We have spent a good bit of time eavesdropping on Peters conversations with Jesus and observing his development from simple fisherman to loyal disciple. Now we come to the crossroads of Peters life. Everything that Peter has experienced in his three years with Jesus is going to be put to the test. We’re going to look at the Crucifixion weekend. This is Peter’s life exam. We all know what happens, he loudly states he’d never deny Jesus, but he does, He claims he’d never run away, but he does, he tells Jesus that He shouldn’t wash his feet, and then tells him to wash his whole body. He’s a walking contradiction. He’s like many of us…..well, all of us to be completely honest. Let’s take a look at the last moments before the Crucifixion.
13 It was just before the Passover Festival. Jesus knew that the hour had come for him to leave this world and go to the Father. Having loved his own who were in the world, he loved them to the end.
2 The evening meal was in progress, and the devil had already prompted Judas, the son of Simon Iscariot, to betray Jesus. 3 Jesus knew that the Father had put all things under his power, and that he had come from God and was returning to God; 4 so he got up from the meal, took off his outer clothing, and wrapped a towel around his waist. 5 After that, he poured water into a basin and began to wash his disciples’ feet, drying them with the towel that was wrapped around him.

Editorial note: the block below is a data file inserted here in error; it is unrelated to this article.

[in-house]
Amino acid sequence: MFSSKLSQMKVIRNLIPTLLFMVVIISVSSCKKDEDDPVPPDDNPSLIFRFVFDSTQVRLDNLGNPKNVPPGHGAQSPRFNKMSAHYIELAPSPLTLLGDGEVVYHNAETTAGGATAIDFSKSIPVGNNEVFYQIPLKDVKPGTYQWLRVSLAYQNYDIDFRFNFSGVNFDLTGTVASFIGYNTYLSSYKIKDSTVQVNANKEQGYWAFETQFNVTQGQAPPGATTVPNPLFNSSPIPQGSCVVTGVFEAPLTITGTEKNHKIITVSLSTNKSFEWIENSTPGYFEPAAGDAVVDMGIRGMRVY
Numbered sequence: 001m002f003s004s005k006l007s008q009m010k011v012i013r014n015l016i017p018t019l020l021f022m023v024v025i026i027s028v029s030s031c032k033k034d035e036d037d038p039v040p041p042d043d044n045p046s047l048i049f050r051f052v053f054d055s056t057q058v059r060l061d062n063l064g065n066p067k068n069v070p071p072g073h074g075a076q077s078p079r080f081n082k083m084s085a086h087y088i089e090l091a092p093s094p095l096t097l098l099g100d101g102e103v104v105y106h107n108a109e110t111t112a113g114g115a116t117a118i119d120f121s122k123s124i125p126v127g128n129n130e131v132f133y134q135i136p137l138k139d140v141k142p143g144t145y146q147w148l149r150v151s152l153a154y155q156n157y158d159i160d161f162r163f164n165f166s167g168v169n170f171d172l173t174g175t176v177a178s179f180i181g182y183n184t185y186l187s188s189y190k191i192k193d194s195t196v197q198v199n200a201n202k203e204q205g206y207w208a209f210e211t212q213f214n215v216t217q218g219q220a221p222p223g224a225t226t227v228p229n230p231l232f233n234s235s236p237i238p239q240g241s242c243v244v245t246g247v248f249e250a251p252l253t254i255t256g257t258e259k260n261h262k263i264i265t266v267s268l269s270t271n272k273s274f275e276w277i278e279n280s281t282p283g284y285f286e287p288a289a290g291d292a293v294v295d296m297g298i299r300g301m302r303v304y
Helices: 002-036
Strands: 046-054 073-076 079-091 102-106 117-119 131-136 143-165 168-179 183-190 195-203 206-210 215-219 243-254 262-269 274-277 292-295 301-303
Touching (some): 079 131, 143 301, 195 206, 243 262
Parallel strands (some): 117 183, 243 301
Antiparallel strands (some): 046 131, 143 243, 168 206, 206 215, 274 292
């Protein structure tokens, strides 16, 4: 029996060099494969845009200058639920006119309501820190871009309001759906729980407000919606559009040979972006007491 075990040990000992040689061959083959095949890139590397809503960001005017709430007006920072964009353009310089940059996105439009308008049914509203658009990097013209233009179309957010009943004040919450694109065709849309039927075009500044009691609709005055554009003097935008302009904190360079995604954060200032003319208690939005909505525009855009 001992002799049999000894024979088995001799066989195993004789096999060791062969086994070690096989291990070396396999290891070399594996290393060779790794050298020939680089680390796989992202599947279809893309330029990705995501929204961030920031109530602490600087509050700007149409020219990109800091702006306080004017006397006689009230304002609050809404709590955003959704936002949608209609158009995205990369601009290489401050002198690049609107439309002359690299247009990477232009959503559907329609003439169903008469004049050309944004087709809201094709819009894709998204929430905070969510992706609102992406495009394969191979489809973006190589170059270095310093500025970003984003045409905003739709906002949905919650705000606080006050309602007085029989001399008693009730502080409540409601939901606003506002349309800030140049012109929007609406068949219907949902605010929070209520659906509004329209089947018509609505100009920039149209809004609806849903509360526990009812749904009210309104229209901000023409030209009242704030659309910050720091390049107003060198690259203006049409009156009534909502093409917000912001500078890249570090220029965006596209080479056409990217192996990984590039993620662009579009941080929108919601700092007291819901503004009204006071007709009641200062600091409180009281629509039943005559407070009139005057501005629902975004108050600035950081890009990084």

6 He came to Simon Peter, who said to him, “Lord, are you going to wash my feet?”
7 Jesus replied, “You do not realize now what I am doing, but later you will understand.”
8 “No,” said Peter, “you shall never wash my feet.”
Jesus answered, “Unless I wash you, you have no part with me.”
9 “Then, Lord,” Simon Peter replied, “not just my feet but my hands and my head as well!”
10 Jesus answered, “Those who have had a bath need only to wash their feet; their whole body is clean. And you are clean, though not every one of you.”11 For he knew who was going to betray him, and that was why he said not every one was clean.
12 When he had finished washing their feet, he put on his clothes and returned to his place. “Do you understand what I have done for you?” he asked them.13 “You call me ‘Teacher’ and ‘Lord,’ and rightly so, for that is what I am. 14 Now that I, your Lord and Teacher, have washed your feet, you also should wash one another’s feet. 15 I have set you an example that you should do as I have done for you. 16 Very truly I tell you, no servant is greater than his master, nor is a messenger greater than the one who sent him. 17 Now that you know these things, you will be blessed if you do them.